There are things that you eye on, things that you buy some of which you forget you ever bought and some you use/wear it until it breaks/tears. And there are some things that are indispensable; that cannot be replaced by any other. That encapsulates your past and your present, weaves your identity, tells a tale of your existence. This pouch is all of that for me.
This Thikma designed pouch was my grandmother's handwork. She wove it on a weaving machine, hand stitched it and dyed it with naturally. The name (Thikma) comes from the cross pattern which was created by using a thick string. The string was dipped in a bowl of color to dye and the dyed string was pressed onto the woolen fabric to create the two lines and lines can be translated as 'thik' in Tibetan. Hence, Thikma.
The circle behind the cross also has an interesting story. The round portion is actually the natural color of the fabric. She had wrapped those circled areas with a piece of fabric and tied it with a thread and dyed the red portion with the help of madder. After it had dried, she untied the circled portion which was left un-dyed.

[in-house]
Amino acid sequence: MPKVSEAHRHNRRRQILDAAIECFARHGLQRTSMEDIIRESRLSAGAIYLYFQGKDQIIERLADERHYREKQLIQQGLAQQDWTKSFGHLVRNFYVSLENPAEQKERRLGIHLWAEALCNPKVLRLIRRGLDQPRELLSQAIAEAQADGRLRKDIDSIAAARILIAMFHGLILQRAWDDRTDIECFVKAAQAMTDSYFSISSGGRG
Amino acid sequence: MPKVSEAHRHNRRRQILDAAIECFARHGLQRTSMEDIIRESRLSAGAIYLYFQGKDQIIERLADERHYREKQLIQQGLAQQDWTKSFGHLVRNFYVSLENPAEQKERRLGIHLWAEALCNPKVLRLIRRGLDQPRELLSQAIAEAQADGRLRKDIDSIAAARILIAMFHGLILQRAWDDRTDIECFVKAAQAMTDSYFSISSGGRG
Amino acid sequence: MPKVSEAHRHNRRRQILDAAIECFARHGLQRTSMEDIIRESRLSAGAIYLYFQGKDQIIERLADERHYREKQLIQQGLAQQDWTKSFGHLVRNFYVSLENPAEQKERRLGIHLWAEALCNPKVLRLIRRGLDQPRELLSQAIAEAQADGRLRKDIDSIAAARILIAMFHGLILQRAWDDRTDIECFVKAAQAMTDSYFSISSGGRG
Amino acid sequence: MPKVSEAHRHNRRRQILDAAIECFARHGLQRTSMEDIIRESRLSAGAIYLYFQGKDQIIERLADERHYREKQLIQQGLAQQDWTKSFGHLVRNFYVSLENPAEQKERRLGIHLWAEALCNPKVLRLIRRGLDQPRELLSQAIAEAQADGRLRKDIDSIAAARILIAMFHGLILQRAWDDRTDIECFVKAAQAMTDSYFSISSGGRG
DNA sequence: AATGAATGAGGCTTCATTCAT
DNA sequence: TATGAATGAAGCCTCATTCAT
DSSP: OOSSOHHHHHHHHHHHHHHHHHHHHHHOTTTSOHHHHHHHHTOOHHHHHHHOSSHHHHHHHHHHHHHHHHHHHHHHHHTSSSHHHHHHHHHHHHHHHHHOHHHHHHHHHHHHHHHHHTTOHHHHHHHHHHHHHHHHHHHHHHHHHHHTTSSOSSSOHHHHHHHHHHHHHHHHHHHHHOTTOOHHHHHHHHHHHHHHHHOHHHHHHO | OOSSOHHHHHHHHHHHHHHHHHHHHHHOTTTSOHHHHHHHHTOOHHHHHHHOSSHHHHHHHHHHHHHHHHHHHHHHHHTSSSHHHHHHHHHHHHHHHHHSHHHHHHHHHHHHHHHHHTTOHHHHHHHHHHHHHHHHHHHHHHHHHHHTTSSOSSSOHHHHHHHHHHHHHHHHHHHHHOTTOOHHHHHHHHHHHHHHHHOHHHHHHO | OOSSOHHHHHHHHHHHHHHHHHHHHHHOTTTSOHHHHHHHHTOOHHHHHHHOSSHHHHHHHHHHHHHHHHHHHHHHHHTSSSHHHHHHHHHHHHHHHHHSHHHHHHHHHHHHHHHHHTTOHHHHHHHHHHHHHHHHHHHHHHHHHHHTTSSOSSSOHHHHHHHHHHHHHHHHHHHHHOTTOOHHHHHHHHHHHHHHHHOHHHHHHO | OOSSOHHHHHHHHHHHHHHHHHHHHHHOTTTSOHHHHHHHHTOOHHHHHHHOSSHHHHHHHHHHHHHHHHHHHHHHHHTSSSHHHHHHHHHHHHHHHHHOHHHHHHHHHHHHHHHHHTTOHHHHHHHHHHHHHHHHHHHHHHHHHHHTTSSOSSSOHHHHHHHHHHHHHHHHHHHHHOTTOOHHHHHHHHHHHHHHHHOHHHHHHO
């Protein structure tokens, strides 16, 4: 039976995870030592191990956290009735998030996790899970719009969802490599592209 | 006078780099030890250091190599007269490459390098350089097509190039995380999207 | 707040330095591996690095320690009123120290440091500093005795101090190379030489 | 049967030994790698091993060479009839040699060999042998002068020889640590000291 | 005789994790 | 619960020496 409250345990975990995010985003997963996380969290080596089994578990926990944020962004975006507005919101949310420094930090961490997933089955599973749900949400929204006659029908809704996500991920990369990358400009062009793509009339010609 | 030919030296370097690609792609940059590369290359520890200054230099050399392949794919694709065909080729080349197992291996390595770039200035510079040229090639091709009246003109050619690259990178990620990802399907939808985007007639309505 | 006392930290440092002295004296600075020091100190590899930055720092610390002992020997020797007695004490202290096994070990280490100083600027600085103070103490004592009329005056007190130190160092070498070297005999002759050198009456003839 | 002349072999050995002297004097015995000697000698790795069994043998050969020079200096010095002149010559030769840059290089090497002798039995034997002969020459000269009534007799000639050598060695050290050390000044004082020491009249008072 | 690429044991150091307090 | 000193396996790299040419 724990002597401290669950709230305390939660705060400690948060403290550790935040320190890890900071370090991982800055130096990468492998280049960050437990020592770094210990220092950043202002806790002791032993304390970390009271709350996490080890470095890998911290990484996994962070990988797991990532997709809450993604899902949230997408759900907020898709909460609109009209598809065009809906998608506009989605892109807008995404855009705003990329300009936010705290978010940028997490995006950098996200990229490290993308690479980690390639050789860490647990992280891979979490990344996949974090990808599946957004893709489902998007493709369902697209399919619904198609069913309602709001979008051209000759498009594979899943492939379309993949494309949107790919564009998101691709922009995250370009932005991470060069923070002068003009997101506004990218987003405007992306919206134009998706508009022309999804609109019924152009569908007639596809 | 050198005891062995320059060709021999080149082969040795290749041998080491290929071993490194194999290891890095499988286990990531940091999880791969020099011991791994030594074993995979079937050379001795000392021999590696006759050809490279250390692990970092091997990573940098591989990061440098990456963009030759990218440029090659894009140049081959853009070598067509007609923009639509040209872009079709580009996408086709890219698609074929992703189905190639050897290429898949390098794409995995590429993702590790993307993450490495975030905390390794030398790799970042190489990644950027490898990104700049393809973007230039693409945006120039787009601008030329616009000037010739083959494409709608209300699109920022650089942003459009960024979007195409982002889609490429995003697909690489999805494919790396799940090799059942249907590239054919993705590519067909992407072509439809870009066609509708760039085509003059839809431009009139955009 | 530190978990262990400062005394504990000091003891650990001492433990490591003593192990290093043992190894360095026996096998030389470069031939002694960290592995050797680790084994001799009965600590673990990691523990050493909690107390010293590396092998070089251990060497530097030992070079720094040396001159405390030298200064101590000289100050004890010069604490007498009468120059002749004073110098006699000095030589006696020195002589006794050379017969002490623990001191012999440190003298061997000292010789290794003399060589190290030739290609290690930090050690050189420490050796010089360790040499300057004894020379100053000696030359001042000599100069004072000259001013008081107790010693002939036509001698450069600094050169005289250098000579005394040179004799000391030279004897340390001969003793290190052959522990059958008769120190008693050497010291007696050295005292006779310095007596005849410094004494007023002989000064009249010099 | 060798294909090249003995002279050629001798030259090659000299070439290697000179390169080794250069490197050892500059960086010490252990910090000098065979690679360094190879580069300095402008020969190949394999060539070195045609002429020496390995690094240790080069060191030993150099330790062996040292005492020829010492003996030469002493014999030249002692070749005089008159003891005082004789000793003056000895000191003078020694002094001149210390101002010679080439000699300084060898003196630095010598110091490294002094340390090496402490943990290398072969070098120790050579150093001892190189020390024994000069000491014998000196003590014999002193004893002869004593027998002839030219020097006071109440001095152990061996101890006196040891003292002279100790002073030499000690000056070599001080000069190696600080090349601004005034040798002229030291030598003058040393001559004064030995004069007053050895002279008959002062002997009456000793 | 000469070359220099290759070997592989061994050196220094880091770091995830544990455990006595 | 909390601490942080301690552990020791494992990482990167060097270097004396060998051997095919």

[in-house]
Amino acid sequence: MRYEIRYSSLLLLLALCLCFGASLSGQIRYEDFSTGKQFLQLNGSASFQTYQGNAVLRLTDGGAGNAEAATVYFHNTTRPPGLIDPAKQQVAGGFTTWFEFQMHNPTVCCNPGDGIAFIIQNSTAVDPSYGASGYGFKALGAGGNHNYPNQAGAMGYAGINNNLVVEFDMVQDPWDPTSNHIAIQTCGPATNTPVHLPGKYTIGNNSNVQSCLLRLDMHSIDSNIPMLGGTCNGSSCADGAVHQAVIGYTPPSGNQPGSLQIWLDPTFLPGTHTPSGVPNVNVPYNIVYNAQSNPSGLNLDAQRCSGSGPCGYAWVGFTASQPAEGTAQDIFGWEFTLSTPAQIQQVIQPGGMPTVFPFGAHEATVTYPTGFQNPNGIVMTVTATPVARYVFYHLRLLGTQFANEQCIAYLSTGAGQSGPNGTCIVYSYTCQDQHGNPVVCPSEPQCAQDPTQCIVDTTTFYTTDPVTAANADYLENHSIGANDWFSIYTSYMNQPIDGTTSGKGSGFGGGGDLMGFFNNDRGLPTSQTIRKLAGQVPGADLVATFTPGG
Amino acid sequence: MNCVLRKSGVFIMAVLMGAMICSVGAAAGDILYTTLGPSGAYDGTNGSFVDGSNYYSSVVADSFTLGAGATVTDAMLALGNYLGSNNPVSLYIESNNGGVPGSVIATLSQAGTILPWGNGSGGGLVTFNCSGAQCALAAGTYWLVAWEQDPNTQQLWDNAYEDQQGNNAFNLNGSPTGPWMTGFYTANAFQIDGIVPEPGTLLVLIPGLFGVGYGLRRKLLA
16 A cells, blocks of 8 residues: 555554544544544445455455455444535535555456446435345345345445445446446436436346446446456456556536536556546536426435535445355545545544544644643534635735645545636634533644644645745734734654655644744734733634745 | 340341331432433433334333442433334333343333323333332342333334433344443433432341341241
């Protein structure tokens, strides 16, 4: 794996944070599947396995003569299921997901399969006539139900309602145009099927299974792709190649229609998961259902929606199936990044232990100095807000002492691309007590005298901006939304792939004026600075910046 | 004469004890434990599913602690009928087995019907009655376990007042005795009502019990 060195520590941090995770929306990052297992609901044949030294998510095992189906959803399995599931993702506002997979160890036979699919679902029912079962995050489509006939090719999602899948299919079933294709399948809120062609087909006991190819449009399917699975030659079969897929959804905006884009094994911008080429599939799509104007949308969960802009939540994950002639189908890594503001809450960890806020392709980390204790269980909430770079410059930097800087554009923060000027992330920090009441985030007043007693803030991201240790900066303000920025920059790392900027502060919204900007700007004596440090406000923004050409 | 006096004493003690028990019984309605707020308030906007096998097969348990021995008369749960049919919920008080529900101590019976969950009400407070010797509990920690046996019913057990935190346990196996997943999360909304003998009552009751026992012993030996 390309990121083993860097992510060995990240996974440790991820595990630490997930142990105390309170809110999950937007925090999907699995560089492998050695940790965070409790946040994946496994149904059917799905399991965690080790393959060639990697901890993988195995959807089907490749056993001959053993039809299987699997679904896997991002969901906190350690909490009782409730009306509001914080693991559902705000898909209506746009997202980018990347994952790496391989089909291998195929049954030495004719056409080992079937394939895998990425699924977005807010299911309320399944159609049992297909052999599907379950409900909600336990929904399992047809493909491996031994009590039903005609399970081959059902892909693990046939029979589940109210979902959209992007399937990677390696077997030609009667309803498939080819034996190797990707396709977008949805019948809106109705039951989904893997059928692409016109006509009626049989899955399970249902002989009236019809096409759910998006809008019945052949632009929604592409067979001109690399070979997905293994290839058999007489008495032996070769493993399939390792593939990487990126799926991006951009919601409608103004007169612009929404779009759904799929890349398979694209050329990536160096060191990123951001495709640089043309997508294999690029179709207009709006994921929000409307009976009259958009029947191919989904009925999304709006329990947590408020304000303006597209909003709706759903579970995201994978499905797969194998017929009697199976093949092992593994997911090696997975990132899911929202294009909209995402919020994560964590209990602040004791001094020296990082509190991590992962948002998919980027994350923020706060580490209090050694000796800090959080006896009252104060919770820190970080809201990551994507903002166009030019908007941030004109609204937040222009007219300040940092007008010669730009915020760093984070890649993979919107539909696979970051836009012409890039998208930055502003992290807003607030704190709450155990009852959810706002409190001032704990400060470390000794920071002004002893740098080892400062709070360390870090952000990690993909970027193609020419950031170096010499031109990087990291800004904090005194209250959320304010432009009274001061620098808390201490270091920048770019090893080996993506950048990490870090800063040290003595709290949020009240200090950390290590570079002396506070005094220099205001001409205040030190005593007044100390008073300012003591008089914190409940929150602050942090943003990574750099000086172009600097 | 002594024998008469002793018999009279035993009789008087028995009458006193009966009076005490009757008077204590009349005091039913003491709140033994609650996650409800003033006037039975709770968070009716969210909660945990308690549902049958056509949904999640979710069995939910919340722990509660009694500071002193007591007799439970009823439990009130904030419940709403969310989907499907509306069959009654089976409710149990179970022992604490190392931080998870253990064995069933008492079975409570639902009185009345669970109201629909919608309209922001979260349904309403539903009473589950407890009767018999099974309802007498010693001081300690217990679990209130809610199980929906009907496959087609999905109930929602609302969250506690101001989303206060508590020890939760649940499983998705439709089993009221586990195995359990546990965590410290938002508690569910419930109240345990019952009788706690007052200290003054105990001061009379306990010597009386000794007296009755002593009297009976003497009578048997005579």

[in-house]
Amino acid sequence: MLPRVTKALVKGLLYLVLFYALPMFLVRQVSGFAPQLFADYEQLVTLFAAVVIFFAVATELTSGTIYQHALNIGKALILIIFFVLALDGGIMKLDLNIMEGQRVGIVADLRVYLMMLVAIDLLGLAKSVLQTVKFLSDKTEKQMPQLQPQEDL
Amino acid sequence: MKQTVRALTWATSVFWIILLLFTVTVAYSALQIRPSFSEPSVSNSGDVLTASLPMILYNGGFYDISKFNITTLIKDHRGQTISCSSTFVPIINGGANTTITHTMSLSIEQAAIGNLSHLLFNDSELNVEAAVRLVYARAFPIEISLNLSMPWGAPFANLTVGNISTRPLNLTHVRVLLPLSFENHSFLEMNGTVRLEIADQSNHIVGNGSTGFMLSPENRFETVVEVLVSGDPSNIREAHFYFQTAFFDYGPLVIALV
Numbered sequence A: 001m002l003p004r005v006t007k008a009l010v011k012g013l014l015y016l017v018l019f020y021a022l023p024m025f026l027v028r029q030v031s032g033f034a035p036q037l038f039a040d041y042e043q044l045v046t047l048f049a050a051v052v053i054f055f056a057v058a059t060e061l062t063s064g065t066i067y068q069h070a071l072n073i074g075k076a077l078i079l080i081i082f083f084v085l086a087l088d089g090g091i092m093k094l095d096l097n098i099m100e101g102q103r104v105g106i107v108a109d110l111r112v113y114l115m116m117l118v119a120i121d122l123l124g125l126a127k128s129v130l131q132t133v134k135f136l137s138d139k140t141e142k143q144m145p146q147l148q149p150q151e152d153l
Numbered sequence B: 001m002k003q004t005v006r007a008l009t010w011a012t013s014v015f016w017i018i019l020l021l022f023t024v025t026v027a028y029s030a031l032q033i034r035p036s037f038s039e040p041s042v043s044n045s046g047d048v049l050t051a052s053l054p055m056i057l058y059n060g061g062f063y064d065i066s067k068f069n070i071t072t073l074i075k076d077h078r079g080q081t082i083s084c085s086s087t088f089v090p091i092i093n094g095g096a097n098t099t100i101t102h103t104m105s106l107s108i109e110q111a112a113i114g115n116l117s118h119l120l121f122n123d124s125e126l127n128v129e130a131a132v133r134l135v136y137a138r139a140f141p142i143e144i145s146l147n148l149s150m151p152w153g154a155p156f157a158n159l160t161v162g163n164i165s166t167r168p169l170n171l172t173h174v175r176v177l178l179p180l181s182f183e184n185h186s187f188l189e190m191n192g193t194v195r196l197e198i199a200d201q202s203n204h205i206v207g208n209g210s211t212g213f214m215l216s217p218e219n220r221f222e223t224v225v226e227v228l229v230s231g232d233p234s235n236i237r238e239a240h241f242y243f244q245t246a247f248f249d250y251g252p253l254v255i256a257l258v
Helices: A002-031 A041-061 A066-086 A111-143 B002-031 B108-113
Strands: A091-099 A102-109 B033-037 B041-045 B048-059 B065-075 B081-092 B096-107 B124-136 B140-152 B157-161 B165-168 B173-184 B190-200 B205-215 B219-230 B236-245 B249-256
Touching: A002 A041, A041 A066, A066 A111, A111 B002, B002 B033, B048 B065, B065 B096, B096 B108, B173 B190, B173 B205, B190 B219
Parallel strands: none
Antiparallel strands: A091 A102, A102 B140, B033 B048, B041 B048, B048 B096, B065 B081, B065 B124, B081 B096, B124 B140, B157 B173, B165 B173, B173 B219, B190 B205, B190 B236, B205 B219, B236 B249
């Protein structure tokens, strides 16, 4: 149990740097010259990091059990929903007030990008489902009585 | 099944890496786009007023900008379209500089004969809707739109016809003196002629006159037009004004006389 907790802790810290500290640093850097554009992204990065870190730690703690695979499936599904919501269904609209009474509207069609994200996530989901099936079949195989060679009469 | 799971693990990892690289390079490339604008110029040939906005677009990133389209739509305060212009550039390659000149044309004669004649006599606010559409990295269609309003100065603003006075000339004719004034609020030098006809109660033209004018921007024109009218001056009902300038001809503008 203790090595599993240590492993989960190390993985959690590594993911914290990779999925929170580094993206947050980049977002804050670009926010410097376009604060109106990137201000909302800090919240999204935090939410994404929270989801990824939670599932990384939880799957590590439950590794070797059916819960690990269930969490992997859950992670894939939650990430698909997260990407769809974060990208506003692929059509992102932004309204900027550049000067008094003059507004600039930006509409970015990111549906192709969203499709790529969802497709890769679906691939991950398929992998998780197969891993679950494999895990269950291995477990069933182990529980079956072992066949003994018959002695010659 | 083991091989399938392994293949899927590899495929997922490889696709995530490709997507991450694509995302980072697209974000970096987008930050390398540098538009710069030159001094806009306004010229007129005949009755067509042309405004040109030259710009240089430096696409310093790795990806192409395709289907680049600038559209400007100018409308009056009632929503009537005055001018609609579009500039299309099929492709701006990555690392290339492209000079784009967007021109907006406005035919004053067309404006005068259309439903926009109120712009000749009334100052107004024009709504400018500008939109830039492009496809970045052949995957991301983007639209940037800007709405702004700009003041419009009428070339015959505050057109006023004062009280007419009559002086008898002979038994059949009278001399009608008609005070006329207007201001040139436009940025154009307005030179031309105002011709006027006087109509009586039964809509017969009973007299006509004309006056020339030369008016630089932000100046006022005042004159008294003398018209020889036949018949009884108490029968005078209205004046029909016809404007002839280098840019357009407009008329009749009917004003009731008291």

The pattern had already grabbed my attention and when I was narrated the tale behind the making of this pouch I loved it all the more. I realised a new sense of respect towards it. It's not just an antique piece, not ordinary. It is a part of me. With it I feel closer to her. When I was listening to the story, I imagined my grandmother going through all the procedures to make this classic piece. With a lot of queries, I wondered how old she was when she made it. Was she young? Mid-thirties? Or in her older days? How was she looking then? Do I resemble her? Was she under the bright blue sky with the sun shining on her face and her careful hands? Did the thought of it being handed down to me one day ever cross her mind? How was the ambiance around her? All of this, I'd never know.
This is one of the few belongings we have that I treasure the most. It would not be an exaggeration to say that it is priceless for me.